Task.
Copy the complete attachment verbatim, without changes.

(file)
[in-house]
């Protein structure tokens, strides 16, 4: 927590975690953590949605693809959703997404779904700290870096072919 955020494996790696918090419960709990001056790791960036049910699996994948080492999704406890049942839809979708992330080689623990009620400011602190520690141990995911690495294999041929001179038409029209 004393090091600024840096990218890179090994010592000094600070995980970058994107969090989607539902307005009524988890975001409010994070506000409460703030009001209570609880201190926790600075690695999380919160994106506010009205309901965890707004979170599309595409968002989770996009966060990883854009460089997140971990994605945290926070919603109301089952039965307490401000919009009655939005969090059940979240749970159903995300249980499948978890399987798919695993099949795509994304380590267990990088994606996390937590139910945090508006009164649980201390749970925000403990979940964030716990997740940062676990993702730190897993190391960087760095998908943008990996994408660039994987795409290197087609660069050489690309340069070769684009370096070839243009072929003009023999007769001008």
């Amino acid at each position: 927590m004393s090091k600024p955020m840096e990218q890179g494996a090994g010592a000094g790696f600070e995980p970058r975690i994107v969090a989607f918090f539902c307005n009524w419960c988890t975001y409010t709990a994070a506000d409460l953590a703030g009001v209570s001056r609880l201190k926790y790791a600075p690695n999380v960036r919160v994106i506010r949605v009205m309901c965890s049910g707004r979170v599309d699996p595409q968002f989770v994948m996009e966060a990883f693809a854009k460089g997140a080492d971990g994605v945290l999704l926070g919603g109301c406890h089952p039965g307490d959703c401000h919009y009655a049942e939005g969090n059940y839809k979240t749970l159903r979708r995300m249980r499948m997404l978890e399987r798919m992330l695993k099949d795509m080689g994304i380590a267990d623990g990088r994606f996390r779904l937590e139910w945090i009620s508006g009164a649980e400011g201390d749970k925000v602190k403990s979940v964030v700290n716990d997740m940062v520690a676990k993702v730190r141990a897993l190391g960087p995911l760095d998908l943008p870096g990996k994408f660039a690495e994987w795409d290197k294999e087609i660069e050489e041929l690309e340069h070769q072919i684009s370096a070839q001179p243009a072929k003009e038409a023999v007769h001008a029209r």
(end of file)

[in-house]
């Protein structure tokens, strides 16, 4: 927590975690953590949605693809959703997404779904700290870096072919 955020494996790696918090419960709990001056790791960036049910699996994948080492999704406890049942839809979708992330080689623990009620400011602190520690141990995911690495294999041929001179038409029209 004393090091600024840096990218890179090994010592000094600070995980970058994107969090989607539902307005009524988890975001409010994070506000409460703030009001209570609880201190926790600075690695999380919160994106506010009205309901965890707004979170599309595409968002989770996009966060990883854009460089997140971990994605945290926070919603109301089952039965307490401000919009009655939005969090059940979240749970159903995300249980499948978890399987798919695993099949795509994304380590267990990088994606996390937590139910945090508006009164649980201390749970925000403990979940964030716990997740940062676990993702730190897993190391960087760095998908943008990996994408660039994987795409290197087609660069050489690309340069070769684009370096070839243009072929003009023999007769001008």
């Amino acid at each position: 927590m004393s090091k600024p955020m840096e990218q890179g494996a090994g010592a000094g790696f600070e995980p970058r975690i994107v969090a989607f918090f539902c307005n009524w419960c988890t975001y409010t709990a994070a506000d409460l953590a703030g009001v209570s001056r609880l201190k926790y790791a600075p690695n999380v960036r919160v994106i506010r949605v009205m309901c965890s049910g707004r979170v599309d699996p595409q968002f989770v994948m996009e966060a990883f693809a854009k460089g997140a080492d971990g994605v945290l999704l926070g919603g109301c406890h089952p039965g307490d959703c401000h919009y009655a049942e939005g969090n059940y839809k979240t749970l159903r979708r995300m249980r499948m997404l978890e399987r798919m992330l695993k099949d795509m080689g994304i380590a267990d623990g990088r994606f996390r779904l937590e139910w945090i009620s508006g009164a649980e400011g201390d749970k925000v602190k403990s979940v964030v700290n716990d997740m940062v520690a676990k993702v730190r141990a897993l190391g960087p995911l760095d998908l943008p870096g990996k994408f660039a690495e994987w795409d290197k294999e087609i660069e050489e041929l690309e340069h070769q072919i684009s370096a070839q001179p243009a072929k003009e038409a023999v007769h001008a029209r």